Those poor suspensions.
Frigid temperatures can wreak havoc on roads. The asphalt expands and contracts between cold nights that are followed by warm, sunny days, the blacktop soaking up the sun – and heat. But if temperatures stay below freezing, then frost heaves can form. They occur when water-soaked soil freezes and expands, which can turn smooth roads into mini rollercoasters. The video above shows how bad frost heaves can get, easily upsetting any vehicle cruising down the road.
The video shows cars driving down the road only to have their vehicles tossed into the air suddenly. Some are thrown into the air more than others with truck trailers easily leaving the ground. Drivers don’t appear to see the frost heaves, and, looking at the video, they seem difficult to see. You can hear some cars bottom out while others scrape their front bumpers, like the Chrysler Pacifica in the video. You can see the front-end snowplow on one truck scrape against the ground while another attached to a Chevy Silverado violently bounces up and down. Near the end of the video, one truck tosses whatever it was carrying in the bed into the road.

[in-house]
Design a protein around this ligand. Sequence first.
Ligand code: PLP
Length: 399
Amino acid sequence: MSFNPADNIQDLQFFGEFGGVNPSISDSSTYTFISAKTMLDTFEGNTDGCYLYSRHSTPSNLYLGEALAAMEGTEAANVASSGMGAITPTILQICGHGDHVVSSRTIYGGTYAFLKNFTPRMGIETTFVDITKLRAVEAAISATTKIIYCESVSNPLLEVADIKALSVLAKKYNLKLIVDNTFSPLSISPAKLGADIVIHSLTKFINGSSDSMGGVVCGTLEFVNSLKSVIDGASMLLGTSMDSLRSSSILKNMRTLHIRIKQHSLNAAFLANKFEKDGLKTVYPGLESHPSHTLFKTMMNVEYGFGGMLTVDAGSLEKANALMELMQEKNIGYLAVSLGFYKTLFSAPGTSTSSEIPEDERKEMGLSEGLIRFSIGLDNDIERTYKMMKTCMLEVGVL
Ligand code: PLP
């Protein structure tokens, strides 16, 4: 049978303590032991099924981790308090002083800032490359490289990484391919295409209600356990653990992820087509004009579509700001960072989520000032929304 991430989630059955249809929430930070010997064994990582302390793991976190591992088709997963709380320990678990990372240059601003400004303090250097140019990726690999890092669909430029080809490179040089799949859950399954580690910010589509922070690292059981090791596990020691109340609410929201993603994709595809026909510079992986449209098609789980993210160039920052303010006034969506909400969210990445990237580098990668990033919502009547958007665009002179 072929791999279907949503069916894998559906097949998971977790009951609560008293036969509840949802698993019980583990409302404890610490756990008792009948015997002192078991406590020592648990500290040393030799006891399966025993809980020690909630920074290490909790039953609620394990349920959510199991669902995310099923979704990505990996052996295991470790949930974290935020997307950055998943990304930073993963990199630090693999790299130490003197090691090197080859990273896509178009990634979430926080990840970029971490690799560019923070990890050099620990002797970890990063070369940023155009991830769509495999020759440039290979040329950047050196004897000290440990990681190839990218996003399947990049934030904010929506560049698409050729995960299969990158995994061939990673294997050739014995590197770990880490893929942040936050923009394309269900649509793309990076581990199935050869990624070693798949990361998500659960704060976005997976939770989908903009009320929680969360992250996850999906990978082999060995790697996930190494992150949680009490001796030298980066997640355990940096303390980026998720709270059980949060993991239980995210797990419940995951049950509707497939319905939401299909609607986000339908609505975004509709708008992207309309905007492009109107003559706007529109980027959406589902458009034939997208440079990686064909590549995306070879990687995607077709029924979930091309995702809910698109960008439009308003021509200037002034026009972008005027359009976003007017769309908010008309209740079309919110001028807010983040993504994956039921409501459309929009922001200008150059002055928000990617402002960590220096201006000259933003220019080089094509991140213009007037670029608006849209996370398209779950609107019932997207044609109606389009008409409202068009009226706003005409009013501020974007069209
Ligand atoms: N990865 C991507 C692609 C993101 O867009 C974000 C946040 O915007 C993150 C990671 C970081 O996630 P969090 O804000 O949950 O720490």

The video also shows some drivers slowing before hitting the series of undulations, likely knowing their presence after an upsetting experience. Many of the drivers attempt to slow down and easy the bouncing while others cruise right through without a care in the world. Watching the yellow semi hit the uneven road, dirt shaking off the trailer, is a bit frightening, especially after seeing some cars veer to the oncoming lane to avoid the bumps.
They frost heaves are spaced apart at just the right distance to accentuate the car’s bouncing motion, making it challenging for drivers to maintain control. You can see one car that gingerly drivers over the rough road, and it doesn’t look that bad. But add in speed and the spacing, and it becomes a bit more dangerous. Hopefully, warmer temperatures thaw the frost heaves, and the road can return to normal.